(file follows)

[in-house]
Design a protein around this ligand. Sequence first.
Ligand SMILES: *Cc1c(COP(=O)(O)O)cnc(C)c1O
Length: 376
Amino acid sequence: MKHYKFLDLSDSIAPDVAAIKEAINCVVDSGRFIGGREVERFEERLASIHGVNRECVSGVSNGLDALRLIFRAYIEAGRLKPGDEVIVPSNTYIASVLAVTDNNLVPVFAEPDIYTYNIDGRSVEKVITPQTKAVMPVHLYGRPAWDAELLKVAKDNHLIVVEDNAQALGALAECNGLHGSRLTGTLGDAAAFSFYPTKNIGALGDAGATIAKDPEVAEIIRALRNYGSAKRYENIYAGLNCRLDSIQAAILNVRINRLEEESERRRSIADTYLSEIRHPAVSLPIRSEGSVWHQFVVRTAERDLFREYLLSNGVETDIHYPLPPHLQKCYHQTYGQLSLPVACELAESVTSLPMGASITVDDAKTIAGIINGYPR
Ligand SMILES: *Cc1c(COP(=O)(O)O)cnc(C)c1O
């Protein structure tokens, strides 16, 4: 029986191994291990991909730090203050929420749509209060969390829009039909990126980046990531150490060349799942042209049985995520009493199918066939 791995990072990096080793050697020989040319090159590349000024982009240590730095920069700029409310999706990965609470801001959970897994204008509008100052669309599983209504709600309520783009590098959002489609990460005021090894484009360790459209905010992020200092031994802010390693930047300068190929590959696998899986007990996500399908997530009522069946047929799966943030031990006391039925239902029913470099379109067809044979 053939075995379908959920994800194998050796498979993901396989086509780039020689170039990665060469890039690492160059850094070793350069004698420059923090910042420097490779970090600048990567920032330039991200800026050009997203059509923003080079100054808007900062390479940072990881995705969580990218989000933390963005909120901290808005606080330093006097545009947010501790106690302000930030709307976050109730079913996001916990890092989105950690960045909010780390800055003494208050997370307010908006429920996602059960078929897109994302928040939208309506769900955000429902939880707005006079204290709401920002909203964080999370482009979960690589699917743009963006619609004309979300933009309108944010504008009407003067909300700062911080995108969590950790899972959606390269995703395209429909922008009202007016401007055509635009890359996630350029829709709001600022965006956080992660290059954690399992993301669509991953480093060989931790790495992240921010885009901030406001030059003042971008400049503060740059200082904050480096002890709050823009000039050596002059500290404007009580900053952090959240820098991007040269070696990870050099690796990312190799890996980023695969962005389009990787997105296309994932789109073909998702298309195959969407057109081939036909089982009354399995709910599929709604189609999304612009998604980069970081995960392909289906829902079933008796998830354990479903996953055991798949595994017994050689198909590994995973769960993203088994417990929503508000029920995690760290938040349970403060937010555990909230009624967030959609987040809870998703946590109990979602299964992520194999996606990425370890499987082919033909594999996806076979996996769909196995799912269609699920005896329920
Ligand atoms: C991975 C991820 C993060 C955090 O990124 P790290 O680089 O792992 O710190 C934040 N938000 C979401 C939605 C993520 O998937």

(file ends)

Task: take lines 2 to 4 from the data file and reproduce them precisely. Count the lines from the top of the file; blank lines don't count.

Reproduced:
Design a protein around this ligand. Sequence first.
Ligand SMILES: *Cc1c(COP(=O)(O)O)cnc(C)c1O
Length: 376